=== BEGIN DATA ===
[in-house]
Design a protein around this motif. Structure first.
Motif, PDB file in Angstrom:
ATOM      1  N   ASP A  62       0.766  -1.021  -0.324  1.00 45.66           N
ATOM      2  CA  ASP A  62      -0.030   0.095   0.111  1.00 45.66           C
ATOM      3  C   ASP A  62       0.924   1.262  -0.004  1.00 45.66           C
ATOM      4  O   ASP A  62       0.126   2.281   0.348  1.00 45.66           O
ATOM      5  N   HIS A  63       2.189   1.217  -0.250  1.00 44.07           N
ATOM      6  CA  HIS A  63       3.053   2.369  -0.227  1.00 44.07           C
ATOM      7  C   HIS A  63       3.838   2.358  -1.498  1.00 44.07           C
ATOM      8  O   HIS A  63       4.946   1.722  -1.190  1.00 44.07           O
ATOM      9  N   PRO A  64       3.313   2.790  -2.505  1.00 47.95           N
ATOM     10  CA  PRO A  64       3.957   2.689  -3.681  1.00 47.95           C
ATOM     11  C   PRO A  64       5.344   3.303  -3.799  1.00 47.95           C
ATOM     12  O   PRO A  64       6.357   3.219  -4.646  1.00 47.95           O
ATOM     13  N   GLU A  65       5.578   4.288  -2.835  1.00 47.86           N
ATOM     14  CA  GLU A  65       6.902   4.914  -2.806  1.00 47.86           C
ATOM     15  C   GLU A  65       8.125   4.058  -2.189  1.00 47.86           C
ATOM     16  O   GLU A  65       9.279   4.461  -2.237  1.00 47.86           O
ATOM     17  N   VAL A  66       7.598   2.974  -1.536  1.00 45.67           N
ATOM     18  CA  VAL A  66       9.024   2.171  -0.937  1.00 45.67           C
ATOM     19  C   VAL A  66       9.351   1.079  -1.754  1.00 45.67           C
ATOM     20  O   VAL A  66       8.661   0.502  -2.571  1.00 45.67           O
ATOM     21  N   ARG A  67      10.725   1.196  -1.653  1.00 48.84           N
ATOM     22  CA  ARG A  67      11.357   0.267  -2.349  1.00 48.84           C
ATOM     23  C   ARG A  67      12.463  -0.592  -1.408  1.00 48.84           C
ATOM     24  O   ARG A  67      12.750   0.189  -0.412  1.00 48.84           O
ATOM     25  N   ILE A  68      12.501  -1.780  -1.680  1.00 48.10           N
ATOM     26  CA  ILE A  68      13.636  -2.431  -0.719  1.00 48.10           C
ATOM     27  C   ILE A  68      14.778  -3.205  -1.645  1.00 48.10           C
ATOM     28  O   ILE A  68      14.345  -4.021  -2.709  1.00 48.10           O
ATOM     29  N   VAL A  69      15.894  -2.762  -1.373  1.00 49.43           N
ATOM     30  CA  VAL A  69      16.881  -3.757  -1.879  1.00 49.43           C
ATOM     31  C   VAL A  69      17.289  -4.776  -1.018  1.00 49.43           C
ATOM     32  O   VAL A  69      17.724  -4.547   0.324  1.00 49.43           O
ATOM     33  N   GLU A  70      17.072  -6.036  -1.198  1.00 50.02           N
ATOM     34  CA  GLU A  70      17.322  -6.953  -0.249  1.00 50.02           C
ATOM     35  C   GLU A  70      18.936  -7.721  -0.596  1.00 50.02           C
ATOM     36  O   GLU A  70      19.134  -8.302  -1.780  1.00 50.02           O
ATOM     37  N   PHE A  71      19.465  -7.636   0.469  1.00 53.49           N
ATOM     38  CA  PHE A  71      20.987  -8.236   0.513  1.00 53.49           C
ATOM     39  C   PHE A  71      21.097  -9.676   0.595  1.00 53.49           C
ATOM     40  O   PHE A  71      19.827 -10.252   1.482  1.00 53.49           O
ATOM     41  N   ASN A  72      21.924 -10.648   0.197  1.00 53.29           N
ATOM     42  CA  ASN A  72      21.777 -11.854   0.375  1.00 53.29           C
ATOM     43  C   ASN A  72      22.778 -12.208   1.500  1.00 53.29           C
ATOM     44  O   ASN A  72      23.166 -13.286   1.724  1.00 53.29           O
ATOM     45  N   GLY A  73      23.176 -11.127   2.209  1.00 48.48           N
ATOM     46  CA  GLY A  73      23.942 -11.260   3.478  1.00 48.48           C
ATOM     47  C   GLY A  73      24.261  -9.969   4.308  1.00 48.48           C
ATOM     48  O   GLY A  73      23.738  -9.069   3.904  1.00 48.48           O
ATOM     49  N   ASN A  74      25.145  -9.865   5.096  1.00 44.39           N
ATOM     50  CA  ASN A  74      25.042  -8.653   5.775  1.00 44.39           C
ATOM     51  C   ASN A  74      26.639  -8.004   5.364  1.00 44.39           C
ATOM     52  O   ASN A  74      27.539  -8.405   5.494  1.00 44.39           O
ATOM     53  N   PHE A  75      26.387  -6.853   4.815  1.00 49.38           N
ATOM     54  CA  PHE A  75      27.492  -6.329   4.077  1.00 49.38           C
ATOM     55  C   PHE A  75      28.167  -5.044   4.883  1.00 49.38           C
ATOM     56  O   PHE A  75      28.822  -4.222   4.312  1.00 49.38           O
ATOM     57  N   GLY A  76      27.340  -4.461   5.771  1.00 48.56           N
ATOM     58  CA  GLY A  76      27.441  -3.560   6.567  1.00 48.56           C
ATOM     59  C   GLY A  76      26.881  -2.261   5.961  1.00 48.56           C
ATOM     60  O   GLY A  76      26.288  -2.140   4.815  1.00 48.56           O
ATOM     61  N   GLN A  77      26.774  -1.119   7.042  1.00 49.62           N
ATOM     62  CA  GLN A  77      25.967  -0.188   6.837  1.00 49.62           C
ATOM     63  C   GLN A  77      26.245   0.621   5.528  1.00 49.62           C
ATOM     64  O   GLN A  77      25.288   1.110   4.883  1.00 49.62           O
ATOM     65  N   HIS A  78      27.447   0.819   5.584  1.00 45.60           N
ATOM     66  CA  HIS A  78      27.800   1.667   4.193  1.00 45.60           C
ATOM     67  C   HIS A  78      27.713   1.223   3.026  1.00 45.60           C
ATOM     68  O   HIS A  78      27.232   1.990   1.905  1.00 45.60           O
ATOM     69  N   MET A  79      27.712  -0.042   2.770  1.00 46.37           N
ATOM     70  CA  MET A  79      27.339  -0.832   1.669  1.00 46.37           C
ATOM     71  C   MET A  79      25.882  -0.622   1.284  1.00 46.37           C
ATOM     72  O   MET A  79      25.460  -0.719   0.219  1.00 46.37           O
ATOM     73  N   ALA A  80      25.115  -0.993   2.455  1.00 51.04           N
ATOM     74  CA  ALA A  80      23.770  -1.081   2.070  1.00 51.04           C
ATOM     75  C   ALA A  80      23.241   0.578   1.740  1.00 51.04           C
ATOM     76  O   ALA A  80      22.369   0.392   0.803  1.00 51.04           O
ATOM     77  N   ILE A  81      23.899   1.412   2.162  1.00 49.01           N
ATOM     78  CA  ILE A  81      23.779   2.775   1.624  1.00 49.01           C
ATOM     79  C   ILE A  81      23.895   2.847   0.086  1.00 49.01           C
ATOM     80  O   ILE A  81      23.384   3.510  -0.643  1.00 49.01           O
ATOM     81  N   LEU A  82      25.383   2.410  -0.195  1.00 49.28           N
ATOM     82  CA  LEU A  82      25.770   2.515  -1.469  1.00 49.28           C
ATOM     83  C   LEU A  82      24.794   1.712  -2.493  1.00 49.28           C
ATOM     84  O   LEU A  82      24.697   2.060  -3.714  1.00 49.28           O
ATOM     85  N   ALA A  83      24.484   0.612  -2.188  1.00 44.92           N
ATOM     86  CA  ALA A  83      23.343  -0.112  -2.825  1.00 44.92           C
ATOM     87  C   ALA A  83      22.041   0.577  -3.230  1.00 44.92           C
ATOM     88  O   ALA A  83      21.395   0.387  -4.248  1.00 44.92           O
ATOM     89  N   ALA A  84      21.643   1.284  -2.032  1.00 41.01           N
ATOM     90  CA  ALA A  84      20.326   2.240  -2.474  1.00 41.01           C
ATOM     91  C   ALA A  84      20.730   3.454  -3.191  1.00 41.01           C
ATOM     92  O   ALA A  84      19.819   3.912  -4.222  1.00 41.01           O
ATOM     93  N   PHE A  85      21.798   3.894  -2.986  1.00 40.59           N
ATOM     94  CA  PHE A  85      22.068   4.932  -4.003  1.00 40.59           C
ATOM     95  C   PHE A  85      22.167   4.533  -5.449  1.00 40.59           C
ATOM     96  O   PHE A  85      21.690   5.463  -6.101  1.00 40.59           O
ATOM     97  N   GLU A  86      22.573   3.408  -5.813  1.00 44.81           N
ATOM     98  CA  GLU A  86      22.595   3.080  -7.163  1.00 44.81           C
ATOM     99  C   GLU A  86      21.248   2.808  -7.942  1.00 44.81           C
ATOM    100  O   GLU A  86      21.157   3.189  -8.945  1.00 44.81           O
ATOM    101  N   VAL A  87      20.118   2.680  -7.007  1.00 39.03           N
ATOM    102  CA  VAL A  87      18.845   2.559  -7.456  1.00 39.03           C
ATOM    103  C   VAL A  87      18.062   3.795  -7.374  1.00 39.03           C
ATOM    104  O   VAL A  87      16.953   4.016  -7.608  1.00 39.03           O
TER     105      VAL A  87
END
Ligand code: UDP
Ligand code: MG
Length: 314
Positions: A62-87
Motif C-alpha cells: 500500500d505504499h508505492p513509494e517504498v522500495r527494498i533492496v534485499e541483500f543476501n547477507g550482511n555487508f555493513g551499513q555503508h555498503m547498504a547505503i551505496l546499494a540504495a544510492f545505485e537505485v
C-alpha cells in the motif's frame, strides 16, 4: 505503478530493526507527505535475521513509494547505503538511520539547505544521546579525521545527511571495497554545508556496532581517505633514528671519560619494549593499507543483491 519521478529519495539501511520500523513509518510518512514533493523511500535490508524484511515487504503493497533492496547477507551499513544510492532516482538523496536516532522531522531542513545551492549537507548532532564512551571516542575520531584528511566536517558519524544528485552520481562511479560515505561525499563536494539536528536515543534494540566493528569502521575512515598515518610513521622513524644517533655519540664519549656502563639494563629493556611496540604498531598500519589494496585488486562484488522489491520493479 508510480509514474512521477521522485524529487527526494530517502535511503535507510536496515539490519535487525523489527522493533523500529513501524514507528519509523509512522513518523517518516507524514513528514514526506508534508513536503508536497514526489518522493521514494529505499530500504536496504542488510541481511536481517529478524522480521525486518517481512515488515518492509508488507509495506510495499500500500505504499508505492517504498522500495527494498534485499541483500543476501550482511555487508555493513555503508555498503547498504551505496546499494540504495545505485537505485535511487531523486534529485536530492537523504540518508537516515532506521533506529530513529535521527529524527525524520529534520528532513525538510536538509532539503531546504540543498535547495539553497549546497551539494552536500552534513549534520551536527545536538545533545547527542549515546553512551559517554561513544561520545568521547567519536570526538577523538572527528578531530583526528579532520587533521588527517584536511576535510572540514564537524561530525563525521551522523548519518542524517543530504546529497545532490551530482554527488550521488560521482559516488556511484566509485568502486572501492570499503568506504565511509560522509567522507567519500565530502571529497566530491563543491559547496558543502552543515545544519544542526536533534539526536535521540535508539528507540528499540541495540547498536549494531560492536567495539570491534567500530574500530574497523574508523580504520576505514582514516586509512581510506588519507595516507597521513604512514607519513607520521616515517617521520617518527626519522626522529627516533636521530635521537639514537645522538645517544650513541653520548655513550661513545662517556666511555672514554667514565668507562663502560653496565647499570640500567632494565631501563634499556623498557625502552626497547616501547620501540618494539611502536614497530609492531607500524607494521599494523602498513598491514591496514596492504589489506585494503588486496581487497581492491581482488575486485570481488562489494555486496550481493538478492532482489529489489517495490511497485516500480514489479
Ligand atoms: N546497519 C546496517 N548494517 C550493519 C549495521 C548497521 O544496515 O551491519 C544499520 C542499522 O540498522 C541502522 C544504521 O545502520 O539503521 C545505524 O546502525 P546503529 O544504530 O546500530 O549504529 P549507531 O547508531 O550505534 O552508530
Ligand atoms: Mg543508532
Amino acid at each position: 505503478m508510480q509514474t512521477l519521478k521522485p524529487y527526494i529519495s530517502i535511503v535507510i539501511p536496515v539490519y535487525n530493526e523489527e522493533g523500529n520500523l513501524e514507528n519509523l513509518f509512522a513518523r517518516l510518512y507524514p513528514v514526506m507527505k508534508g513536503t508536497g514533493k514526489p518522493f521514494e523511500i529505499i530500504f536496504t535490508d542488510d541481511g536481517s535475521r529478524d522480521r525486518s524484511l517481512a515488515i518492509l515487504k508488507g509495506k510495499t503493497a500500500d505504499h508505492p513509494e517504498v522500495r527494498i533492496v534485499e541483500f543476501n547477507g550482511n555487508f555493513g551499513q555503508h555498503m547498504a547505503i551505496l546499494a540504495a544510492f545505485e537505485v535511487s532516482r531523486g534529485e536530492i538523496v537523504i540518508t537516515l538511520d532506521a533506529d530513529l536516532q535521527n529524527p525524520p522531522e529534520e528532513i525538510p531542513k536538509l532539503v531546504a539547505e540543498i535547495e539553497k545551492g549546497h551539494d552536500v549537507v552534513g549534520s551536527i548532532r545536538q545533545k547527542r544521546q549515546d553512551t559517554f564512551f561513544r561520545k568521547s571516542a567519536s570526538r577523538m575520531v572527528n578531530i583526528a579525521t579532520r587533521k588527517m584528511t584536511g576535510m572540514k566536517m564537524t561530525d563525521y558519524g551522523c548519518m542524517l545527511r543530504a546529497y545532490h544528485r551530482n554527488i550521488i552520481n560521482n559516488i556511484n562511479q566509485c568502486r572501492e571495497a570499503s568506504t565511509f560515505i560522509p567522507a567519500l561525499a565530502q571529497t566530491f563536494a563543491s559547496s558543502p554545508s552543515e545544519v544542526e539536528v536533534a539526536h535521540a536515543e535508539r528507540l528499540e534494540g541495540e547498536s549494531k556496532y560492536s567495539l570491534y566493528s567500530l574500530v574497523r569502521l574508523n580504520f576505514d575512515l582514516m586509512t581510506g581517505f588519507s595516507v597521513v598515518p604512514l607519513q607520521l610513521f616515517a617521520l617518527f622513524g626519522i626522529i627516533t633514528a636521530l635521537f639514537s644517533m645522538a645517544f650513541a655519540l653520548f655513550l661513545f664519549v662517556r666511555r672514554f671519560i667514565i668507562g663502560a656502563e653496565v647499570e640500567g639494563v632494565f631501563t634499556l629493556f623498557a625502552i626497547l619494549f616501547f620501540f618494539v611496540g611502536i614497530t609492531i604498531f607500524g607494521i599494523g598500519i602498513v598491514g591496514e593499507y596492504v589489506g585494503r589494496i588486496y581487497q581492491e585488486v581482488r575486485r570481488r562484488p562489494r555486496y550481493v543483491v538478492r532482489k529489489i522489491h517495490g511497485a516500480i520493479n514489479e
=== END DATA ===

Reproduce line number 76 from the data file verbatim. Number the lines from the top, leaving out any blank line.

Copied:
ATOM     73  N   ALA A  80      25.115  -0.993   2.455  1.00 51.04           N